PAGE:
This will be reviewed and checked in, and that will be it done.
Regressions will be fixed here, of course. :-)
It may seem like a long-winded way of doing things, but it will mean you get a top-quality result, as each key part will be written separately, tested separately, and checked in separately (for regression spotting).
nsIInterfaceRequestorUtils.cpp Building deps for ....../../source-HEAD/mozilla/xpcom/glue/nsIInterfaceRequestorUtils.cpp nsIInterfaceRequestorUtils.cpp m:\tree-firefox-main\objdir\dist\include\xpcom\nsIProgrammingLanguage.h(35) : warning C4003: not enough actual parameters for macro 'NS_DEFINE_STATIC_IID_ACCESSOR' m:\tree-firefox-main\objdir\dist\include\xpcom\nsIClassInfo.h(36) : warning C4003: not enough actual parameters for macro 'NS_DEFINE_STATIC_IID_ACCESSOR' ../../dist\include\xpcom\nsIInterfaceRequestor.h(41) : warning C4003: not enough actual parameters for macro 'NS_DEFINE_STATIC_IID_ACCESSOR' m:\tree-firefox-main\objdir\dist\include\xpcom\nsISupportsUtils.h(202) : error C2039: 'GetIID' : is not a member of 'nsIInterfaceRequestor' ../../dist\include\xpcom\nsIInterfaceRequestor.h(38) : see declaration of 'nsIInterfaceRequestor'
This is the same error that the 'creature' tinderbox was getting, but unlike that machine, it didn't go away after all the bustage-fixes.
After nuking objdir/dist and objdir/xpcom/base - neither of which helped - I just nuked objdir/xpcom and it finally looks like it might work, having got twice as far into the build as the error point (though it would not surprise me if I needed to nuke other totally random directories later).
The build system is just broken.
It's getting to the point where I'm tempted to make an auto-build-fixer, that just keeps nuking random objdir folders until it works. It would be a more productive use of my time than fixing all these damn problems by hand.
Continuing from my previous post about my Mozilla build tracker, I've added progress bars to the display while it is building. Naturally, it's all done with smoke and mirrors , and (perhaps surprisingly) doesn't mess up the display on Internet Explorer at all, though it doesn't show the progress bar.
In both cases, the relevant pages have simply been blocked, returning error 403 or 500 and no information whatsoever has been provided. The closest I got was after filing a bug for the first one, where I got a comment from one admin of "That's on purpose. The script has issues.". The only information on the Despot issue is "security" - fat lot of good that is!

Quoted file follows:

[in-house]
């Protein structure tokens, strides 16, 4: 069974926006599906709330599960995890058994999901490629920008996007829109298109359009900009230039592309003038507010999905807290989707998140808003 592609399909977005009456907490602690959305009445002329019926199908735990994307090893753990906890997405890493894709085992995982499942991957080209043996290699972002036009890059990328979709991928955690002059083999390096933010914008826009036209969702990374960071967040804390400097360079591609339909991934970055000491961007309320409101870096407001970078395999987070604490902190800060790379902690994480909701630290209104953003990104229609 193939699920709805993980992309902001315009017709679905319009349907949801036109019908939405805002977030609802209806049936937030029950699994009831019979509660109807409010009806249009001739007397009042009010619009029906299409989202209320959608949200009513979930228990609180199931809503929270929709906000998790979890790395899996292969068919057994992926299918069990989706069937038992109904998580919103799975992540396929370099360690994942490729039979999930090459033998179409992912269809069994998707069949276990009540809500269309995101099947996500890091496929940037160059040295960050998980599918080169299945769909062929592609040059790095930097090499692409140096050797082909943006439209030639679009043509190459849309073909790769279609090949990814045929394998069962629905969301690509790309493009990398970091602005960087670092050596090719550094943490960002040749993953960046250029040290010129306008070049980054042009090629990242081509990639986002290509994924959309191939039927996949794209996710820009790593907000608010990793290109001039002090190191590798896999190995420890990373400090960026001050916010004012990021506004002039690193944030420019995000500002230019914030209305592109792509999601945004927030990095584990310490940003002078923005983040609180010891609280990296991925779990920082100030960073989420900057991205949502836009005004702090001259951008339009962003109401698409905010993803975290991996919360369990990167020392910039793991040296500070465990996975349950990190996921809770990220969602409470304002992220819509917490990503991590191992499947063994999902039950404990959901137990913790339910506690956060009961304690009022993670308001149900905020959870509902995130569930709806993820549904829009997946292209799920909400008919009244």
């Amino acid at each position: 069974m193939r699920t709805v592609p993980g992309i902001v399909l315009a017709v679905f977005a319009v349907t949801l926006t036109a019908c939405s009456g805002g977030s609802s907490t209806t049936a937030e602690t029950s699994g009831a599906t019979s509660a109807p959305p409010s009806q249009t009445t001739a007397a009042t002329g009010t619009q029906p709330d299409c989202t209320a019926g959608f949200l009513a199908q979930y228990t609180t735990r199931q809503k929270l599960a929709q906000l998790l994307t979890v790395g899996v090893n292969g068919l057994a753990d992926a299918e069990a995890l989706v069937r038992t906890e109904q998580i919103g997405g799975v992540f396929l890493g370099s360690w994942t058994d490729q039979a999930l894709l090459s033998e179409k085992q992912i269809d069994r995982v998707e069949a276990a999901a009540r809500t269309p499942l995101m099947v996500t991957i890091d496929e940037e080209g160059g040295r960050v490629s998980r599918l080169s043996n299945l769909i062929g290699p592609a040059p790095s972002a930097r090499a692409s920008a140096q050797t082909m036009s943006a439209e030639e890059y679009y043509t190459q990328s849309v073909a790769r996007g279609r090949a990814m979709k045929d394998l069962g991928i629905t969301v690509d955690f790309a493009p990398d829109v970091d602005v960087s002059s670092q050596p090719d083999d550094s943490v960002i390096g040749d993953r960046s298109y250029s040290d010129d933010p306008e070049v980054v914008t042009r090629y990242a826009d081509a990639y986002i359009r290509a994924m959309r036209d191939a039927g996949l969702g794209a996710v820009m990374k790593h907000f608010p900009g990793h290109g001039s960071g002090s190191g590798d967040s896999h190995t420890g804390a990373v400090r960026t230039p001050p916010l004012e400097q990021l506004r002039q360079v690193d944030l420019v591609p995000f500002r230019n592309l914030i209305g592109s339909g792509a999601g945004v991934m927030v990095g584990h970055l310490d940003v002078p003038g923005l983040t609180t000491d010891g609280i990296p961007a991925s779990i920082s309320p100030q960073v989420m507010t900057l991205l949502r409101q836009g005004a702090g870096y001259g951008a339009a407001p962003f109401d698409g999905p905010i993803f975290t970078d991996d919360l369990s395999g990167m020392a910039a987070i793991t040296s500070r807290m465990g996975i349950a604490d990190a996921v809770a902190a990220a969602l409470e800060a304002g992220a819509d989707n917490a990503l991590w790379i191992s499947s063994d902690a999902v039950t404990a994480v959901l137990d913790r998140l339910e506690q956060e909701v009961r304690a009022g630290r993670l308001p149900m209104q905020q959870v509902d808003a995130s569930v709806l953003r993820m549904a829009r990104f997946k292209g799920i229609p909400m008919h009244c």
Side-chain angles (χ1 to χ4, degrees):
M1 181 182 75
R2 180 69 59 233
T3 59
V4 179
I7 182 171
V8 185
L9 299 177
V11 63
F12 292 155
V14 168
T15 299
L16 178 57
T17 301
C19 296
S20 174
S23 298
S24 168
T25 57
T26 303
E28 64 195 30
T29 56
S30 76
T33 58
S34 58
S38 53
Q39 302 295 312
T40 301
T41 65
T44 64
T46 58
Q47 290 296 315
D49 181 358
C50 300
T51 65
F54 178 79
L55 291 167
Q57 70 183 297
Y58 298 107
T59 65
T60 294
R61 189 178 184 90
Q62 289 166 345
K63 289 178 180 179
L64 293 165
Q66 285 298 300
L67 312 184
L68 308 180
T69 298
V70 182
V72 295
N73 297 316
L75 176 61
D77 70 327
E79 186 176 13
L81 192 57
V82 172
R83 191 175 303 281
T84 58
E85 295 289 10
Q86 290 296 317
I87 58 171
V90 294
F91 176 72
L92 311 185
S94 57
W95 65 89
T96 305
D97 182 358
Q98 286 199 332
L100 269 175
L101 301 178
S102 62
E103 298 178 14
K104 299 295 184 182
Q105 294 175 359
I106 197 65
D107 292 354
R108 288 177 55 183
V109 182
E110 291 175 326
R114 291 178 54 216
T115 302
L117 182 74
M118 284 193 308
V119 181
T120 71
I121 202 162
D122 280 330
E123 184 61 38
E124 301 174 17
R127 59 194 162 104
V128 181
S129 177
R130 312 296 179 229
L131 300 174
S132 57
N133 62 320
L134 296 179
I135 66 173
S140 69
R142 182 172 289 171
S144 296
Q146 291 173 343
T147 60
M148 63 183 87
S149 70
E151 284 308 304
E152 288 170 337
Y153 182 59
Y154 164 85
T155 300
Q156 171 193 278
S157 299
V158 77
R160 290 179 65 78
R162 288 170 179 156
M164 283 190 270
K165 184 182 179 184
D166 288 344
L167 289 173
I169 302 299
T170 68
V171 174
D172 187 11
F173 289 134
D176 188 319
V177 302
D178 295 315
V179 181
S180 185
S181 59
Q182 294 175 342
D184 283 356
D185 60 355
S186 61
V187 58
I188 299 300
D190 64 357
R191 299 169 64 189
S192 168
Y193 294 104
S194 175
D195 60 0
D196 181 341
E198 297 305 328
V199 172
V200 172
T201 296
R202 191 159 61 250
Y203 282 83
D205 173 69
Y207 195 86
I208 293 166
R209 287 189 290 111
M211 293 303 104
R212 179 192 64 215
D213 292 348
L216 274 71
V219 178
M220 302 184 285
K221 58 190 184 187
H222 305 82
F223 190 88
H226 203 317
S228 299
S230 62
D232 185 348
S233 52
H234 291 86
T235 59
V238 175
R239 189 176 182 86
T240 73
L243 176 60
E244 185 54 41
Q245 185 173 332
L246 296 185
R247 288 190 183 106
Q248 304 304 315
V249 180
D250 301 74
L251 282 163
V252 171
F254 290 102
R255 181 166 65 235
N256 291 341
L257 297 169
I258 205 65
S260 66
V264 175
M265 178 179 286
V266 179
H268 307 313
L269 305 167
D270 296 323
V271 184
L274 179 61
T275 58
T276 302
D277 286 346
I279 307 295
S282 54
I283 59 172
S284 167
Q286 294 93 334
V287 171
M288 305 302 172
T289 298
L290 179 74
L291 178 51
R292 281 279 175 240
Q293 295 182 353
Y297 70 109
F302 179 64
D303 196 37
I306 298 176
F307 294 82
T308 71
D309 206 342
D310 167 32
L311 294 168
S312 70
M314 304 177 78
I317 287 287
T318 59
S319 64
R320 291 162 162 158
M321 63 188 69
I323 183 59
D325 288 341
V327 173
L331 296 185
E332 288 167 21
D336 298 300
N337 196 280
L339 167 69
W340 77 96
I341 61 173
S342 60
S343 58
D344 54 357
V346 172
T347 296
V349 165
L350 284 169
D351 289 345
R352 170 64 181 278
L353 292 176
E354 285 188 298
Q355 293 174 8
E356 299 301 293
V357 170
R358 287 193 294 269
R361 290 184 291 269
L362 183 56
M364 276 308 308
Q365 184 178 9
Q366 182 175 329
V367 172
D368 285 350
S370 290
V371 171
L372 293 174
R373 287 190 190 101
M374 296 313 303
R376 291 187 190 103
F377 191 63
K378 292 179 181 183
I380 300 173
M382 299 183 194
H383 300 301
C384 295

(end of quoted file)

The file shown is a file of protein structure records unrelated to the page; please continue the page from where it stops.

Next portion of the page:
I'm am going to assume that both things are currently exploitable, which means that they should be fixing them, which they do not appear to be doing. If they know they can't fix them fast (or don't care), as appears to be the case, where's the bloody message saying so? It's absolutely appalling.
Here we go again, and this time I'm not in the mood for any shit. I just want to warn everyone that if I get messed about with this again, I'm just going to stop. They can find some other deluded soul to fix their mistakes next time.
The original XULRunner and ChatZilla plan was to wait until the 1.9 version of XULRunner was officially distributed - 1.8 was never going to have the necessary shared UI or support - and then produce a ChatZilla package that works on it. Ideally, we would use the same XPI as for Firefox, SeaMonkey, etc. installs, although there were/are still some pretty critical hurdles to overcome for that to work. Even if it was a separate XPI, it would be a normally-size ChatZilla XPI, and could be on Firefox Add-ons.
So much for that.
After getting over the initial "WTF?" reaction, we need to decide on the way forward for ChatZilla on XULRunner. Thanks to tH's wonderful ChatZilla on XULRunner page (which include mozilla.org built nightlies from the appropriate dates), we do actually have a measurable percentage of our user base running this configuration. A small percentage, but not zero.
Do we build XULRunner ourselves? This would require a lot of effort on our part, and really should be shared with other projects if possible.
Do we only make available our ChatZilla package, and tell users to find their own XULRunner (or link to someone else who is making them)?
Do we give up trying to support XULRunner entirely?
Right now, I don't know, but the last option is looking disappointingly good.
For many years, the code behind the Mozilla Error Lookup has been unable to correctly include the LDAP and CMS error codes, as the C++ definitions used the IDL constants and the script is just not smart enough for that.
It is now.
That means that all the error code definitions it can find are now correct and can be found from their numeric forms. Enjoy.